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NSSF: lowered rate of central bank reduces savers’ earnings

National Social Security Fund has said the lowering of central bank rate (CBR) will heavily affect the amount of money savers are likely to earn this year, writes ALI TWAHA.

The CBR is a bench-mark rate Bank of Uganda uses to signal and influence the direction of interest rates that commercial banks charge borrowers. The lower the CBR, the lower the interest rates.

A lower CBR is expected to enable private sector to borrow, invest and push up economic growth. NSSF sees it as a risk, though. Richard Byarugaba, NSSF managing director, said last week that the pension fund might be forced to cut benefits for retirees as a result of central bank’s stance on the CBR.

“We had locked in a lot of instruments for the long term but certainly whatever we are re-investing today will be affected by the rates coming down and we believe that will definitely impact on our return that we will give to our members,” Byarugaba said.

NSSF MD Richard Byarugaba (L) and BOU governor Emmanuel Tumusiime-Mutebile

In the last ten months, BOU has reduced the CBR from 17 per cent to 10 per cent as of August 2017 in a bid to boost economic activity.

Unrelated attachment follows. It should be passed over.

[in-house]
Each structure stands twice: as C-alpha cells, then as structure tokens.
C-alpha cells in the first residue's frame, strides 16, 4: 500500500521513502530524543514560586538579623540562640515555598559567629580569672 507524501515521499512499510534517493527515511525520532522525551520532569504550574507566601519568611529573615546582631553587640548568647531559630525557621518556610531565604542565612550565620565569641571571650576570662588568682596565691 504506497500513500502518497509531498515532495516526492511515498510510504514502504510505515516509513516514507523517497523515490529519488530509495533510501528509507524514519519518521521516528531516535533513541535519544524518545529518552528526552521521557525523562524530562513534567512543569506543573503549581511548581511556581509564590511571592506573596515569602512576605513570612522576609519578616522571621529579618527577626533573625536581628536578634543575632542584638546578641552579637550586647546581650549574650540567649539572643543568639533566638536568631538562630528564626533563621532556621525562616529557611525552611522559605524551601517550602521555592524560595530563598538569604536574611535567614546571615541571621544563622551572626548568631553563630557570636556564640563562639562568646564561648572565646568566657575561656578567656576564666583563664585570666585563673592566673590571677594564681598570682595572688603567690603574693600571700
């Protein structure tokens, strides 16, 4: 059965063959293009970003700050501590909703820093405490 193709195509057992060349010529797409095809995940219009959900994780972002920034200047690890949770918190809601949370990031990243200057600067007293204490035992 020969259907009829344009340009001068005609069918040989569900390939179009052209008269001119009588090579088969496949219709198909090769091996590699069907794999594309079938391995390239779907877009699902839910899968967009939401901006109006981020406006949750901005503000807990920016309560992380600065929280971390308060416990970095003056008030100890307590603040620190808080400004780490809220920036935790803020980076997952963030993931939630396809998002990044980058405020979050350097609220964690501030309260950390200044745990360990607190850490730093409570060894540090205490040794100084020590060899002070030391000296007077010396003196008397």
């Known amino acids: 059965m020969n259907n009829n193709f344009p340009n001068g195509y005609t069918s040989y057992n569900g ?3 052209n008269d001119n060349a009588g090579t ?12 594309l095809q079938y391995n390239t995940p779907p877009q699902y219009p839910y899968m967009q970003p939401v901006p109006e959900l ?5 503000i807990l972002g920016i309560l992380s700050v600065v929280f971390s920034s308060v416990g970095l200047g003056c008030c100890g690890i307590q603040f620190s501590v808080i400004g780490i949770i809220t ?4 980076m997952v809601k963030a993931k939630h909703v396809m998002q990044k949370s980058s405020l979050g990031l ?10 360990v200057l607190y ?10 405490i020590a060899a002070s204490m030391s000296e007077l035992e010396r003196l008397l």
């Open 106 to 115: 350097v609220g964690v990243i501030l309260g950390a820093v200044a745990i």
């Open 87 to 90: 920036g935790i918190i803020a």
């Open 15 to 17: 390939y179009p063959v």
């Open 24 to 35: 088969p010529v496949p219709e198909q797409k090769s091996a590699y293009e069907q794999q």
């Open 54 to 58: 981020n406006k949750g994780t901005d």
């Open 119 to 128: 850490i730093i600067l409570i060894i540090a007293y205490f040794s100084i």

Lower CBR means earnings on government treasury bills and bonds will be much lower. NSSF, whose assets hit Shs 8tn, invests most of its money in fixed-income securities. Government securities – treasury bills and bonds – hold significant amount of NSSF’s money.

Byarugaba said: “We still invest in fixed-income securities, equities and real estate. You will have noticed that the fixed incomes side interest rates have been coming down which has affected the bonds [and treasury bills] especially at the central bank.”

Patrick Mweheire, Stanbic bank chief executive, said recently that commercial banks would not make as much money as they made in 2016, citing the decline in interest rates.

The Kenyan election process has presented fresh uncertainities to NSSF as stocks at the Nairobi Securities Exchange have lost significant value. NSSF has shares in Equity bank and Safaricom, which were listed there.

Byarugaba said: “Equities have been challenged largely from geo-political issues.”

He indicated the re-election process in the region’s biggest economy will affect all stock exchanges in the East African Community.


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